That's why lifting the 'gascan' deck to make a horizontal bulkhead might help. Ribbing or flanges going up to the deck on the sides of the tilting slot may add some immobility. Altering that signature great-hatch by reconfiguring the deck back there - making it wider with a smaller hatch - keeping the look and sculpture, but only raise a center portion.

    The cockpit well is not connected to the companionway bulkhead or the aft bulkhead. It's just hanging in there - part of the deck mold. I'm convinced that the cockpit must be majorly married to the lazarette bulkhead. This ought to create solid bracing and stiffness for the new open and much longer than the Commander's cockpit. It's redundant strength, and over-building and weight, paranoia, etc - because IMCO the shape won't change. Have to keep it from twisting.

    Squeezed between two freighters? Sure. On a coral reef in a typoon... the boat's a sugar cube

    well, that's what I feel. You'ld have to perform actual tests on the boat to produce engineering data, wouldn't you, Capt Mrgnstn.....?
    Last edited by ebb; 12-28-2002 at 07:50 AM.

  8. #38
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    Sep 2001
    Location
    Orinda, California
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    MAY 2003 UPDATE PHOTO #1

    Another visit to the Borregaard Yacht Works in San Rafael. This time, we will be looking at the progress on some of Ebb's more interesting modifications. Beginning with the outboard motor well:
    Attached Images  
    Last edited by Bill; 05-16-2003 at 02:50 PM.

  9. #39
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    MAY 2003 PHOTO #2

    View #2 of the ob well:
    Attached Images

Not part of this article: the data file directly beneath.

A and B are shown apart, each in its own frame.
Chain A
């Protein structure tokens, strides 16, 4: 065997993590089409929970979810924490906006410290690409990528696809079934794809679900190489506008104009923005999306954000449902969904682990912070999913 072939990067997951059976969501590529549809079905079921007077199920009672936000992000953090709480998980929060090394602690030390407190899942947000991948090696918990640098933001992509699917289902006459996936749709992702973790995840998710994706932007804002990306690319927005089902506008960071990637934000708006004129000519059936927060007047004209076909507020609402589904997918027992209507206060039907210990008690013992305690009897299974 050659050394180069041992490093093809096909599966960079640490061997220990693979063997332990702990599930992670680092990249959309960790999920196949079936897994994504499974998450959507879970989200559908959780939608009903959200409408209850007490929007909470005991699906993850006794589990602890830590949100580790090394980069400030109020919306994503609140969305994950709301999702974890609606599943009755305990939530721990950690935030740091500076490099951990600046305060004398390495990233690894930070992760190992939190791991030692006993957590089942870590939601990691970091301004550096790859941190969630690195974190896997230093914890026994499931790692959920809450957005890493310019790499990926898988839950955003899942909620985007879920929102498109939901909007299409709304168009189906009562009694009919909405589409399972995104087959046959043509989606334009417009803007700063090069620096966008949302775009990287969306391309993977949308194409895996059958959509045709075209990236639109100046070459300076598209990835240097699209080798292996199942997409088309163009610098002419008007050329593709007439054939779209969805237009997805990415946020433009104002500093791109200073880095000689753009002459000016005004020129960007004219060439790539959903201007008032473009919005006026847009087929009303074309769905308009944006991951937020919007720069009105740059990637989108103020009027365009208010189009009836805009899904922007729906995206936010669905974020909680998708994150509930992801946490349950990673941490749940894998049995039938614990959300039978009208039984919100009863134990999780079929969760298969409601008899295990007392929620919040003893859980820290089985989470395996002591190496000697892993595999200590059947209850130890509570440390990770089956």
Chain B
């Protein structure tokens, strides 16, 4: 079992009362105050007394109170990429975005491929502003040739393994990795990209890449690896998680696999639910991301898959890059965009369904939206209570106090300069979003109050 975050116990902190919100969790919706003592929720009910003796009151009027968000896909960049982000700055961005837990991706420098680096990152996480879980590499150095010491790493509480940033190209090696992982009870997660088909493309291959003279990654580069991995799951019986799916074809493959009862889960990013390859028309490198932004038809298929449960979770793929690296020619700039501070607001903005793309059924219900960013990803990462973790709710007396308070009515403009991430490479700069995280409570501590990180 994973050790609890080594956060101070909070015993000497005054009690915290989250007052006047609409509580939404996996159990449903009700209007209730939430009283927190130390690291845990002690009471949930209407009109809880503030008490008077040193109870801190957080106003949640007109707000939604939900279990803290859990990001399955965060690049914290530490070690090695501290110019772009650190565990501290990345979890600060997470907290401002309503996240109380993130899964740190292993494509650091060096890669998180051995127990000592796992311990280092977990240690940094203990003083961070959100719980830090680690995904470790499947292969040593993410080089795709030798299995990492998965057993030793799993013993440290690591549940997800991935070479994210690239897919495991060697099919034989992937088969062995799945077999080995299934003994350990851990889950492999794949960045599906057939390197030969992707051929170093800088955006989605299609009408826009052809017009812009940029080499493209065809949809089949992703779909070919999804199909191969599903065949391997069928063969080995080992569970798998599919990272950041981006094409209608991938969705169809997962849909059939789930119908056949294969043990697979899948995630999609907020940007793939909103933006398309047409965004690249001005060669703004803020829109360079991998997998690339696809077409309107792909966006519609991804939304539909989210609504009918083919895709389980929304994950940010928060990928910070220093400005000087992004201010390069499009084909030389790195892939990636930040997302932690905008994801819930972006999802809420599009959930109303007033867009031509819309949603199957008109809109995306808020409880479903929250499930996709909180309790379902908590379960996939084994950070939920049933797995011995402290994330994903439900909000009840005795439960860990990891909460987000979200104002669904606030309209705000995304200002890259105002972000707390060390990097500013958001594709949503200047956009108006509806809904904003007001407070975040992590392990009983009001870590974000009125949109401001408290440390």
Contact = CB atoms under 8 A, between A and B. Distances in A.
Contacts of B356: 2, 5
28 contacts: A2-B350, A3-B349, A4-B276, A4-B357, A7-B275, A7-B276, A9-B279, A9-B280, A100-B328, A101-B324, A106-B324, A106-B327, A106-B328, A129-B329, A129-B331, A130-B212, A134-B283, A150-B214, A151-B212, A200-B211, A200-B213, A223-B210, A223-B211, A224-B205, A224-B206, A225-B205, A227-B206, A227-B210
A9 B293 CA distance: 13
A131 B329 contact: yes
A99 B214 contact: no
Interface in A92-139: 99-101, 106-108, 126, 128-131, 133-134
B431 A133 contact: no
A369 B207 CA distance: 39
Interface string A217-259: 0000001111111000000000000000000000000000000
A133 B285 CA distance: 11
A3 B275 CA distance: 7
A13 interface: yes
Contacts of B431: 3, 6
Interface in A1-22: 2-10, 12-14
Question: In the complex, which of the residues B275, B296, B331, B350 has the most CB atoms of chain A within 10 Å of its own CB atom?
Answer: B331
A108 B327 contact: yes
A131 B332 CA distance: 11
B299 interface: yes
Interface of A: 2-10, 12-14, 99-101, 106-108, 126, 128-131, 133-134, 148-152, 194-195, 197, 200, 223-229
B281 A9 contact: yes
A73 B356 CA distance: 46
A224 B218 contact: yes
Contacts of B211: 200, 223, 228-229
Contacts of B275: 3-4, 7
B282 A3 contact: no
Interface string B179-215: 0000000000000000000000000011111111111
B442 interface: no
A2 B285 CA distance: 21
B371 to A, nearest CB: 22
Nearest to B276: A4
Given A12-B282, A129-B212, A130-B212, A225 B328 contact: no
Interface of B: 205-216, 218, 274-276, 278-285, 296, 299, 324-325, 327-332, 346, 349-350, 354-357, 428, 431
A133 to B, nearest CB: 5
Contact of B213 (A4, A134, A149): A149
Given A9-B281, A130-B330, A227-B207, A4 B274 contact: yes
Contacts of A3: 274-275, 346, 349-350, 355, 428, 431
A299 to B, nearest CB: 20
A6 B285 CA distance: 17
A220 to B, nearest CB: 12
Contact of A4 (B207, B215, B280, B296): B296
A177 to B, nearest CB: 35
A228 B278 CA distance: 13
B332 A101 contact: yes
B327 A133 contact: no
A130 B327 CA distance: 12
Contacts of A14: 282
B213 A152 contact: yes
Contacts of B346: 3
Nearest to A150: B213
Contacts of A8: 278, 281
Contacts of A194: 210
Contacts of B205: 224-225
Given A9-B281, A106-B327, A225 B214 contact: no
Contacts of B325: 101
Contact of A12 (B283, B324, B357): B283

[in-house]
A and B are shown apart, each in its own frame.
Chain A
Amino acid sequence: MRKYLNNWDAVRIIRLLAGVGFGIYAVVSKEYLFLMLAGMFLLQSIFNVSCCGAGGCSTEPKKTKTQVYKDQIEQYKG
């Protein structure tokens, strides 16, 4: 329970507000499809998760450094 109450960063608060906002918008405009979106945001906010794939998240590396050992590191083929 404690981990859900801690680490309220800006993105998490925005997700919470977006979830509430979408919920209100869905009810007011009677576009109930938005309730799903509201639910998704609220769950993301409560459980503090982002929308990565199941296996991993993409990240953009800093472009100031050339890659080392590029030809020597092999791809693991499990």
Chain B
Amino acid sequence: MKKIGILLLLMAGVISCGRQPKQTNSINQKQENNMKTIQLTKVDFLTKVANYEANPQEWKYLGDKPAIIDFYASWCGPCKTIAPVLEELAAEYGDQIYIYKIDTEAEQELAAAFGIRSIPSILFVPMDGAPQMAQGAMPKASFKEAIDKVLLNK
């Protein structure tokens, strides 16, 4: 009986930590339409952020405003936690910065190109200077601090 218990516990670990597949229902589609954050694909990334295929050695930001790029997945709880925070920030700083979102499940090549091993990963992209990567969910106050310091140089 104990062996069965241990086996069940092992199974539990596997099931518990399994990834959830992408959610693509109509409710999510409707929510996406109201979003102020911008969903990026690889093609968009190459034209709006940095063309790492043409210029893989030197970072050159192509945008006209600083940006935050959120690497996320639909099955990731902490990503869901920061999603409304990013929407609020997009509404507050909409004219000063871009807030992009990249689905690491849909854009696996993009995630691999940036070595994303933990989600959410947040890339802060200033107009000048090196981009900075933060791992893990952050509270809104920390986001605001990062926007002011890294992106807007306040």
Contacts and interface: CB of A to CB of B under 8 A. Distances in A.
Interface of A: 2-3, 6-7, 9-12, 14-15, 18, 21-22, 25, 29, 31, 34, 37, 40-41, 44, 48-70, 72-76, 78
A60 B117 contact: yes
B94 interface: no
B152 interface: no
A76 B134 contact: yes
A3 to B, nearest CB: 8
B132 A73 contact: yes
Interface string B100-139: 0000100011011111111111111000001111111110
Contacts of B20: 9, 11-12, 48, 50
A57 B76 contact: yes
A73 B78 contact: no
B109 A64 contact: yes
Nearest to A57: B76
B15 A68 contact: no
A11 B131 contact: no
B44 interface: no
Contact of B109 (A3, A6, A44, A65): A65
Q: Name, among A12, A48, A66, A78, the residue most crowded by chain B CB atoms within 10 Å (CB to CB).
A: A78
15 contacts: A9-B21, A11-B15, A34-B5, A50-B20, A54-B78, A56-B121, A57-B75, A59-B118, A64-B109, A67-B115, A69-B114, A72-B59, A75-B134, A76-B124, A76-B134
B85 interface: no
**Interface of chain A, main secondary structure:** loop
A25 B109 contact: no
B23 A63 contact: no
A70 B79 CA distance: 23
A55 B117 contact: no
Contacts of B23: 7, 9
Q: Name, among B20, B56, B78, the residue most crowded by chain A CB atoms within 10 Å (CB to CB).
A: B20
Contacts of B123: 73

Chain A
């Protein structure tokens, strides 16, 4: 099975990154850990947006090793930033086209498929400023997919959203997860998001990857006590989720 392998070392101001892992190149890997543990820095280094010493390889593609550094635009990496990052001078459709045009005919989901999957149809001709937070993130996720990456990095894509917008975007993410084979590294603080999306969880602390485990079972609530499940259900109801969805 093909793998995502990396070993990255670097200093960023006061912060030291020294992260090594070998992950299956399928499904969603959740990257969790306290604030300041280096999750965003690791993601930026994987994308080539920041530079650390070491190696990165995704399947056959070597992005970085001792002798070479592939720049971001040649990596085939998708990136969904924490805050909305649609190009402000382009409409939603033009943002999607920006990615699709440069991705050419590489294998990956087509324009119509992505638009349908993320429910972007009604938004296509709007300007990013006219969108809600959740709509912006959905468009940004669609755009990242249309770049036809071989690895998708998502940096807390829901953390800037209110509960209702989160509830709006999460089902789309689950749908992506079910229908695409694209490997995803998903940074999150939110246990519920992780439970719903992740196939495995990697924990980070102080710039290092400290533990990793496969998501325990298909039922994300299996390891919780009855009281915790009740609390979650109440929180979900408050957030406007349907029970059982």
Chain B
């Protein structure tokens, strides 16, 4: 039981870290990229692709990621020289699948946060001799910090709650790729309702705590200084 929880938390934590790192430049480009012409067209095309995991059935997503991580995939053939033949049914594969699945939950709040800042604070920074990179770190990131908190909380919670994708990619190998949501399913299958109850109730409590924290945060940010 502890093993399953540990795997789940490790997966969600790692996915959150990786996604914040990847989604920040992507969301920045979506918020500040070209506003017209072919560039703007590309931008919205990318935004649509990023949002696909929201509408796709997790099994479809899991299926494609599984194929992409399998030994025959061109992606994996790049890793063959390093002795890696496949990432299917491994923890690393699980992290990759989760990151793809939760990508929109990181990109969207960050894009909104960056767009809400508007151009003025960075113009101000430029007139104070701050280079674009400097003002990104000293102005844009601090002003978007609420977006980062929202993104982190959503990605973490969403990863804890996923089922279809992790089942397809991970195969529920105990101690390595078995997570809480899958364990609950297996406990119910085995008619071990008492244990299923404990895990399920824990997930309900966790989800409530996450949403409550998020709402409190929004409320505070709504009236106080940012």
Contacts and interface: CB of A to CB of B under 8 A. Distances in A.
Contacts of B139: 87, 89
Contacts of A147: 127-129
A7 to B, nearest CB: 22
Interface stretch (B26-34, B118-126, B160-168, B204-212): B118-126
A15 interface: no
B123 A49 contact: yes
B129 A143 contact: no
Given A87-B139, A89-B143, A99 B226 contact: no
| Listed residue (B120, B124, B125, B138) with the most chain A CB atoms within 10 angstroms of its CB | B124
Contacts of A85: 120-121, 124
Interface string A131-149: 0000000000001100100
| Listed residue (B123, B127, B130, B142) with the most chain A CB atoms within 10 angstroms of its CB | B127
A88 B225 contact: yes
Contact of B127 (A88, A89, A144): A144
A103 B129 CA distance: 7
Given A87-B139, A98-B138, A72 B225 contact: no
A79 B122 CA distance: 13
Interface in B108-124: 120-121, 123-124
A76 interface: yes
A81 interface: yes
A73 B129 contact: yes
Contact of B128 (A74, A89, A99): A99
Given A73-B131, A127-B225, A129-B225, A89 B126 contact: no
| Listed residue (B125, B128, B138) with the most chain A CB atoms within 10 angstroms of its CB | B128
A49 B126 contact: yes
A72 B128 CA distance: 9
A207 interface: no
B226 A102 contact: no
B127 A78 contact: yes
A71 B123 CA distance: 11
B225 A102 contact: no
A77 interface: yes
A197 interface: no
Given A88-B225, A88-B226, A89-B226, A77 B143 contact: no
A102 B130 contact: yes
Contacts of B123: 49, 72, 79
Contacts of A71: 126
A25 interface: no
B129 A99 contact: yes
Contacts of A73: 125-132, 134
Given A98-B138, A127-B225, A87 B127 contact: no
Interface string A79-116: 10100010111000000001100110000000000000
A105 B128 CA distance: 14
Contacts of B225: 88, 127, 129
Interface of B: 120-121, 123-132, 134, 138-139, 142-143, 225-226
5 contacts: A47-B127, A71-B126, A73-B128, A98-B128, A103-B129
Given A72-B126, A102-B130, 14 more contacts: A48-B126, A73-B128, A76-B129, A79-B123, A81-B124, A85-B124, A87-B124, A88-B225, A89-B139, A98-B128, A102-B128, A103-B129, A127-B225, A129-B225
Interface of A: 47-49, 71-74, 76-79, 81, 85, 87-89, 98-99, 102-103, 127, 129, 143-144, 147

Last edited by Bill; 05-16-2003 at 02:50 PM.

  10. #40
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    MAY 2003 PHOTO #3

    And the view from the outside:
    Attached Images  
    Last edited by Bill; 05-16-2003 at 02:51 PM.

  11. #41
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    MAY 2003 PHOTO #4

    Then there is the "new" foredeck hatch. Actually, it's to access the anchor chain from the chain locker:
    Attached Images  
    Last edited by Bill; 05-16-2003 at 02:52 PM.

  12. #42
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    MAY 2003 PHOTO #5

    Another view of the foredeck hatch:
    Attached Images  
    Last edited by Bill; 05-16-2003 at 02:52 PM.

  13. #43
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    MAY 2003 PHOTO #6

    Third & final . . .
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    Last edited by Bill; 05-16-2003 at 02:52 PM.

  14. #44
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    MAY 2003 PHOTO #7

    Let's go inside and take a look at the new chain locker:
    Attached Images  
    Last edited by Bill; 05-16-2003 at 02:53 PM.

  15. #45
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    MAY 2003 PHOTO #8

    And the well in the chainlocker:
    Attached Images  
    Last edited by Bill; 05-16-2003 at 02:54 PM.